Add some color to your day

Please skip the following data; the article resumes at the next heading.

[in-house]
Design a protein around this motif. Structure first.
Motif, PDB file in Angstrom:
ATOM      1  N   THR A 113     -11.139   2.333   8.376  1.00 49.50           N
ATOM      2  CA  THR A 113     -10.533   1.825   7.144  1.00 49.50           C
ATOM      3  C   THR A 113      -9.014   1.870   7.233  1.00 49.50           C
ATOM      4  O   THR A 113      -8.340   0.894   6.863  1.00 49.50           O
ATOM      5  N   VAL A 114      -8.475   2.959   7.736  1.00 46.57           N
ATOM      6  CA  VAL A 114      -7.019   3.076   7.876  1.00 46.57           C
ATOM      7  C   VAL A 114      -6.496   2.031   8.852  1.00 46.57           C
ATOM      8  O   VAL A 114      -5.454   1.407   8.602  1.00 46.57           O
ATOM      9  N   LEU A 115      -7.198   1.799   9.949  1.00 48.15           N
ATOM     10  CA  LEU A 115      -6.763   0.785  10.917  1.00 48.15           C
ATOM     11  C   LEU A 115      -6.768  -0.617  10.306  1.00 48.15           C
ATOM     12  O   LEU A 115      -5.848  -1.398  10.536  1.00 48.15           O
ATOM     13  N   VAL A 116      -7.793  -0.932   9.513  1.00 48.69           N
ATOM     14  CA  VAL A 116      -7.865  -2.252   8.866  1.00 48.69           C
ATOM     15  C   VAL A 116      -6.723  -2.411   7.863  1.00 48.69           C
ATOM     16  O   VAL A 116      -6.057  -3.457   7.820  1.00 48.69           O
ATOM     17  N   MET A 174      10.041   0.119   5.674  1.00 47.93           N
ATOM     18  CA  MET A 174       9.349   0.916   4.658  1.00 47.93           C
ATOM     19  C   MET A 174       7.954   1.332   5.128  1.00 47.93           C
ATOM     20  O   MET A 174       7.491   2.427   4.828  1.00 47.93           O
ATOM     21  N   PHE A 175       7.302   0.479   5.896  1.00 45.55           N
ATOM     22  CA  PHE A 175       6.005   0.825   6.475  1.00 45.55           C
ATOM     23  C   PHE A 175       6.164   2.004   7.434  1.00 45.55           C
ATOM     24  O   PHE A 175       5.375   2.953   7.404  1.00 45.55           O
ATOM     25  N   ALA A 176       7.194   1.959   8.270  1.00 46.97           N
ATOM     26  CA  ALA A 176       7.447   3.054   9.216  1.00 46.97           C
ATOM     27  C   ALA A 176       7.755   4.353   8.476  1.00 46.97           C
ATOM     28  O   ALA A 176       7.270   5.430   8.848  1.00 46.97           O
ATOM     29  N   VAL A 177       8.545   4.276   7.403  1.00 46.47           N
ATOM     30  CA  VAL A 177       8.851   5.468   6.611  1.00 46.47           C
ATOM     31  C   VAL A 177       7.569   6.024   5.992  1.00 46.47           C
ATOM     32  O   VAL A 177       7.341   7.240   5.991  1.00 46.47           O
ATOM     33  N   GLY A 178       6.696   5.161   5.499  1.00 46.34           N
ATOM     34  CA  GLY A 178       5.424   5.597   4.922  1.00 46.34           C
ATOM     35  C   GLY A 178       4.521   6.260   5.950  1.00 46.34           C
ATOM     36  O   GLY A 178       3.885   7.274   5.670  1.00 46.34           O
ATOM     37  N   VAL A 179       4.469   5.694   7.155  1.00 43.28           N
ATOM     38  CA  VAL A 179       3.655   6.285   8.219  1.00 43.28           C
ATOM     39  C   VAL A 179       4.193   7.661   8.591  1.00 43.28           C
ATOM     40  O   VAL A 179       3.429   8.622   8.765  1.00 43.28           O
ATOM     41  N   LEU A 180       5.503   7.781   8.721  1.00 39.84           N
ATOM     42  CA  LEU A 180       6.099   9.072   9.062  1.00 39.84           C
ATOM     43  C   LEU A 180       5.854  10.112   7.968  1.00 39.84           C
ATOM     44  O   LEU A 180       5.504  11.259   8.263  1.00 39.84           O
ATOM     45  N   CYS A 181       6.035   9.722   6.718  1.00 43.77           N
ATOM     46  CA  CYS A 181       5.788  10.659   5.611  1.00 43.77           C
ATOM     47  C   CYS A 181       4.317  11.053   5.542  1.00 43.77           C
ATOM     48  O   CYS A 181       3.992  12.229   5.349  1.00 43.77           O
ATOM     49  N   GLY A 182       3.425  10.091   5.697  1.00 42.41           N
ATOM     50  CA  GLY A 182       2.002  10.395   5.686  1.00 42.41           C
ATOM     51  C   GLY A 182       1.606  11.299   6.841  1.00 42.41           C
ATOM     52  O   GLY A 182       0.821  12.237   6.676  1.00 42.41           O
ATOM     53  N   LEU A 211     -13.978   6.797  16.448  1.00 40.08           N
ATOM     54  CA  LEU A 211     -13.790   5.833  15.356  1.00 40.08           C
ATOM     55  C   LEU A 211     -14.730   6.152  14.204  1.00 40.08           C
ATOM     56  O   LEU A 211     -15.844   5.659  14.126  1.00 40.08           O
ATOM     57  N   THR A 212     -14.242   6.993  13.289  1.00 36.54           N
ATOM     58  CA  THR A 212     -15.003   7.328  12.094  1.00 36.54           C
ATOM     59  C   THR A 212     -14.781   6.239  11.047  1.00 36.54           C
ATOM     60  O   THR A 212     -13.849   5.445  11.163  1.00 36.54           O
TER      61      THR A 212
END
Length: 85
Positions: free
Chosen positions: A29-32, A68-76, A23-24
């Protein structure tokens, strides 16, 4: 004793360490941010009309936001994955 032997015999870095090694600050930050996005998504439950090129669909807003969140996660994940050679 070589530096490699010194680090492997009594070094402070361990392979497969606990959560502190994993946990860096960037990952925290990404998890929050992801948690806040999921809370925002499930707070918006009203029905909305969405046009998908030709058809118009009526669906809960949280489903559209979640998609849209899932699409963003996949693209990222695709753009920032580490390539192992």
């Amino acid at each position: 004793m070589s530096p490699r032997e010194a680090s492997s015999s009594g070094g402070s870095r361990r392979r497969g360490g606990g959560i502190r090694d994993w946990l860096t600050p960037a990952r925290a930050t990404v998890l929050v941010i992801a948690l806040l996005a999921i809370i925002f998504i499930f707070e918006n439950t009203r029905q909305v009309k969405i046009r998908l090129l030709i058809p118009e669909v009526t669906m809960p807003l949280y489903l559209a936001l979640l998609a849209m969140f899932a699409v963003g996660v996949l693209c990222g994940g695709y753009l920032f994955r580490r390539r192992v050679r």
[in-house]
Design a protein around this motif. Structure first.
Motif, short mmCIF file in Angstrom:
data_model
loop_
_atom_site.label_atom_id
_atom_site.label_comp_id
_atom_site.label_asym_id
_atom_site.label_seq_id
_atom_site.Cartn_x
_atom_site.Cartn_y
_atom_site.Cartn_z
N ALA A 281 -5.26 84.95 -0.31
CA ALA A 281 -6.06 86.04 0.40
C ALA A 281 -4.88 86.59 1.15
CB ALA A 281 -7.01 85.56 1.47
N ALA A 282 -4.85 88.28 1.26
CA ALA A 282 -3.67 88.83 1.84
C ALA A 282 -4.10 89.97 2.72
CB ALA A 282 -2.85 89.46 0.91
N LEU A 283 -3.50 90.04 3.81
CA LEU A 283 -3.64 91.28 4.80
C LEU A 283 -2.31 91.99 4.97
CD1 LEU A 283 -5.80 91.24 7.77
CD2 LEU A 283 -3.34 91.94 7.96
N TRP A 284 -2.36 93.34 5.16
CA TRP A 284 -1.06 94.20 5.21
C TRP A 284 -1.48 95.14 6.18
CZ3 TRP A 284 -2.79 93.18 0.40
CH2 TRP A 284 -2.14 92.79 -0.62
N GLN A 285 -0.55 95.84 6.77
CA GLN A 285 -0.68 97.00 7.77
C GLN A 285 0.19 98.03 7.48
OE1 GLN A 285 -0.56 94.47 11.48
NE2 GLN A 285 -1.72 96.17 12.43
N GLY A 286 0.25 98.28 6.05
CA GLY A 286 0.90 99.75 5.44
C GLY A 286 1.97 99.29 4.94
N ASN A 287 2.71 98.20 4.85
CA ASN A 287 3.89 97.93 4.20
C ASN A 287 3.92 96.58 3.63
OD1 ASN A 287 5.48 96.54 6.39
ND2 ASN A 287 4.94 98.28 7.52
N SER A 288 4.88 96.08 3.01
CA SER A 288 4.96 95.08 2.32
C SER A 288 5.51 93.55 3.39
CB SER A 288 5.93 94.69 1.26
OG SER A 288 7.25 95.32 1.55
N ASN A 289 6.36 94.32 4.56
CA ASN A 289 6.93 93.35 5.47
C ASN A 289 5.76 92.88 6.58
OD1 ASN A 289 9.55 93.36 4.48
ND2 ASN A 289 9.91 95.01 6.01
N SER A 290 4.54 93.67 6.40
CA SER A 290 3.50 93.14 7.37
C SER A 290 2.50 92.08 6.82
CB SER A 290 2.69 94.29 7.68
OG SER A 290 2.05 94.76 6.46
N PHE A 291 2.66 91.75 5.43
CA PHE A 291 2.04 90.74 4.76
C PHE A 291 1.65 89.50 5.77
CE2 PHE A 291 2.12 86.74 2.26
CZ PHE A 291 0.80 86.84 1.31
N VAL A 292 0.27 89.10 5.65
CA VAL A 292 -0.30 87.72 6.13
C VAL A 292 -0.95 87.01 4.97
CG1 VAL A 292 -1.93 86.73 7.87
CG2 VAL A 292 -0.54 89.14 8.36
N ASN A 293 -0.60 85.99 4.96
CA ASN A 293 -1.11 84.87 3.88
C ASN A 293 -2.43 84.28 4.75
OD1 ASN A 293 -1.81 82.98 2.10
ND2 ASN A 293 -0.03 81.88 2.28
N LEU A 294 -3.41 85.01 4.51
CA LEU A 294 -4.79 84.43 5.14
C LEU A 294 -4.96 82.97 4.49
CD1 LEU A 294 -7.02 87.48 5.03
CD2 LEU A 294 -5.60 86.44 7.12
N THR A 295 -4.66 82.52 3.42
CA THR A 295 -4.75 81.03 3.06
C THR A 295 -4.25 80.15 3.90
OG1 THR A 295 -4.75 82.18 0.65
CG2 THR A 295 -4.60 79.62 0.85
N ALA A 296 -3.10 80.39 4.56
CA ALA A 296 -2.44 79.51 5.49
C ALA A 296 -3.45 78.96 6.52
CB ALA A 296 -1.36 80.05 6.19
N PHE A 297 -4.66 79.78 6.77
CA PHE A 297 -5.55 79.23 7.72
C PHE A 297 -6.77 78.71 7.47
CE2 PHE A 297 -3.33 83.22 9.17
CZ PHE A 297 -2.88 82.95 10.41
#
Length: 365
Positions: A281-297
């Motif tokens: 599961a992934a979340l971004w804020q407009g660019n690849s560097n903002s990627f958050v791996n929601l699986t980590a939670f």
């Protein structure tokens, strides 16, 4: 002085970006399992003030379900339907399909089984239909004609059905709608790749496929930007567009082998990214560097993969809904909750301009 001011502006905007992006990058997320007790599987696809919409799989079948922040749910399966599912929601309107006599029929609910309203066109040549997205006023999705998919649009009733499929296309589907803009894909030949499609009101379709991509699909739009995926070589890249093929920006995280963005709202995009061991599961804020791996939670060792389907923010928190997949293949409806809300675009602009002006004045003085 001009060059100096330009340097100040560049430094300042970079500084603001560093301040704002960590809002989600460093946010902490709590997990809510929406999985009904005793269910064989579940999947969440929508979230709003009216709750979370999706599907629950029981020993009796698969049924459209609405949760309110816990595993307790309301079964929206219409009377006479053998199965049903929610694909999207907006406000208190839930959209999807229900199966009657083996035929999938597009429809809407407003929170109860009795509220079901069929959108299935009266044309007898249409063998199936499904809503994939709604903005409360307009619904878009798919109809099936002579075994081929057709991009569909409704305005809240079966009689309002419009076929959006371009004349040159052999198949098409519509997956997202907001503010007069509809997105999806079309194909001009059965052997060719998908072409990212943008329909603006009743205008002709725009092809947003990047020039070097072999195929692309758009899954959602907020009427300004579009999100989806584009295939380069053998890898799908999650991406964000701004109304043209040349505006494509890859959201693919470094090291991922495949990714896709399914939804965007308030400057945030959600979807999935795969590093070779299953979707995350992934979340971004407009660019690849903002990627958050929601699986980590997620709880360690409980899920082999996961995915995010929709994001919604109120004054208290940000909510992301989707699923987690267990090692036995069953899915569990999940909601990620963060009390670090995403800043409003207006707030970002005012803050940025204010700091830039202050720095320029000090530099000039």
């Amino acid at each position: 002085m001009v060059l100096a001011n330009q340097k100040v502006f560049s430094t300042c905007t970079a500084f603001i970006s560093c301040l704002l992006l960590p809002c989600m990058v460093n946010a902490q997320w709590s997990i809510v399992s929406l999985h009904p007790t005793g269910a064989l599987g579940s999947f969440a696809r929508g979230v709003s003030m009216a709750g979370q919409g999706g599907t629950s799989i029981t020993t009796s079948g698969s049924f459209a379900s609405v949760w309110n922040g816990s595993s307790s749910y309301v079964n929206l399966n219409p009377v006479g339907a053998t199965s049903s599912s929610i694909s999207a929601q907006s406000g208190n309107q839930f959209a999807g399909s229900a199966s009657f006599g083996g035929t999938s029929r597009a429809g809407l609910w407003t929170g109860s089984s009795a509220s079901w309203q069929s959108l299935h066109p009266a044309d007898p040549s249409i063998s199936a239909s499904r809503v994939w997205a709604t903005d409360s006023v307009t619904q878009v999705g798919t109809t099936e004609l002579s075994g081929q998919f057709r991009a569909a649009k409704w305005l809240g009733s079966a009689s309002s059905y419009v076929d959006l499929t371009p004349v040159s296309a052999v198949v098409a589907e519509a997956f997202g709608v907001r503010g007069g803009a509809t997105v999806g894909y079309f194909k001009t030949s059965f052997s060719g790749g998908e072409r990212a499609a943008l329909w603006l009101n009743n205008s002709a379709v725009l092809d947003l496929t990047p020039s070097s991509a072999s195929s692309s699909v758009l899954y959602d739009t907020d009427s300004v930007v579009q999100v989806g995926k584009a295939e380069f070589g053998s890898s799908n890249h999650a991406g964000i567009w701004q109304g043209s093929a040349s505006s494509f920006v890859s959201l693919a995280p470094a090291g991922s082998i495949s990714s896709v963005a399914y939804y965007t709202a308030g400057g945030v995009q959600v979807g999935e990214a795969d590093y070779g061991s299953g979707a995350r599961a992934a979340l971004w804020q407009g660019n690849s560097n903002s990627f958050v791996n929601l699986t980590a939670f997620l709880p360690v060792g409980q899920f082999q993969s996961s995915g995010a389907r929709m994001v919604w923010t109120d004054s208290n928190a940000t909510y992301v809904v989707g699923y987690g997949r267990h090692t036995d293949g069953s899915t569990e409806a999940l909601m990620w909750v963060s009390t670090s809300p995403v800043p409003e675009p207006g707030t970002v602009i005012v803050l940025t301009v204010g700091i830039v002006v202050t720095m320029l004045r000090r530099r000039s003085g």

This Tuesday, add some color to your day, at the Glenwood Springs Downtown Market, 4 p.m. to dusk, July 27th. The bright and rich colors of the season are appearing at the market in the fruits, vegetables and booths of our artisans.New to the market this year is Sheep Camp Wool Mill. They are fifth generation sheep and cattle ranchers. Their yarns are spun from fleeces produced by their flocks of Shetland, bluefaced Leicester and Merino sheep. Some of the yarns are acid dyed for the rich strong colors, and others are all natural for an earthy look. The full array of yarns will draw you in to their booth. The Lloyds are passionate about educating people about fine Colorado-grown natural lamb products and unique yarns. In their booth there is always a spinning wheel for those who want to try their hand at an ancient art.In a booth near the yarn display you’ll see several spools of colorful cording. Jenna Pearce, one of our young vendors, is offering hair wraps using assorted cording. Jenna has a natural talent for combining the various hues.Asha Ironwood is also an artisan new to our market this year. Asha is a flameworking glass artist. Her great-grandfather and grandfather both worked with glass. Since 1996, Asha has been creating one-of-a kind jewelry, beads, marbles, bottles and kaleidoscopes from glass. My pick of the week, at the market, are her brightly colored beads in greens, blues, yellows and oranges. She combines the beads with charms related to gardening, farming and cooking in dangle earrings.Yuthok Tibetan Treasures again this year brings its jewelry and Buddhist artifacts to the market. They are showing a beautiful collection of bead necklaces in deep red and turquoise. Our produce vendors’ tables are spilling over with summer fruits, vegetables and flowers of every color in the rainbow. Good Health Downtown Market and Deli on Cooper Avenue in Glenwood Springs recently sent out a report about the benefits of adding some color to your plate. The report gave reasons for eating a variety of colorful fruits and vegetables. You may want to stop by their store to get a copy of the information. Rainbow chard, Easter egg radishes, fresh yellow sweet corn, and purple plums are all in season this July at the farmers’ markets. Pappardelle’s pasta has been at our market for several seasons. Their southwestern blend pasta is a mix of blue corn, red southwestern chile, green jalapeno and yellow maize pastas.If you would like to preserve some of the flavors and colors of the summer foods available at the market, stop by the non-profit booth this week. Garfield County Master Food Safety Advisors Carla Farran and Debbie Martin will be answering questions about preserving your produce. They will be providing fact sheets on canning, freezing and dehydrating. Deb and Carla will also have a tester for your pressure canner, so bring your lid with the gauge and have it test for free. If you would like, you can bring your entire canner to have it inspected. They are also offering classes in water-bath canning, pressure canning, freezing and dehydrating foods on Aug. 14, 21 and 28. The classes are all day, and you will be able to do actual food preservation. The cost per class is $25 and you may attend any combination of classes that you would like. The classes will be held at the United Methodist Church in Glenwood. You can sign up at the market booth or the Garfield County extension office.McHealthy Soups by Ricki McKenna is at our market every Tuesday. This Tuesday at 6 p.m., Ricki will be the chef for our weekly cooking demo. Ricki began making healthy soups when creating recipes and ideas for her nutrition clients. Soups can be made from your favorite ingredients, leftovers or fresh ingredients from the market. She combines tastes, textures, colors and flavors and blends them. Soups are one of the best ways to fill up with nourishing real food. Ricki will demonstrate one or two of her organic homemade soups and explain how soups can delight the palate and satisfy the soul. Ricki is a licensed and certified nutritionist who lives and works from her heart. In her column for the Aspen Daily News she discusses topics on nutrition and health issues. Bring your appetite and your questions to the cooking demo this Tuesday.Under the music tent this week Chris Bank and his group Tudi Calderon will start performing at 5:30. In April 2004, the Aspen Times called Chris Bank the music man of the valley. Chris has been influential in the musical growth of many students in the Roaring Fork Valley through teaching and finding funding for jazz programs. Chris will be singing and playing his guitar with his percussionist. Come sit in the shade and enjoy a very accomplished local musician. This week’s music sponsor is Stifel Nicolaus & Co.See you Tuesday at the market.
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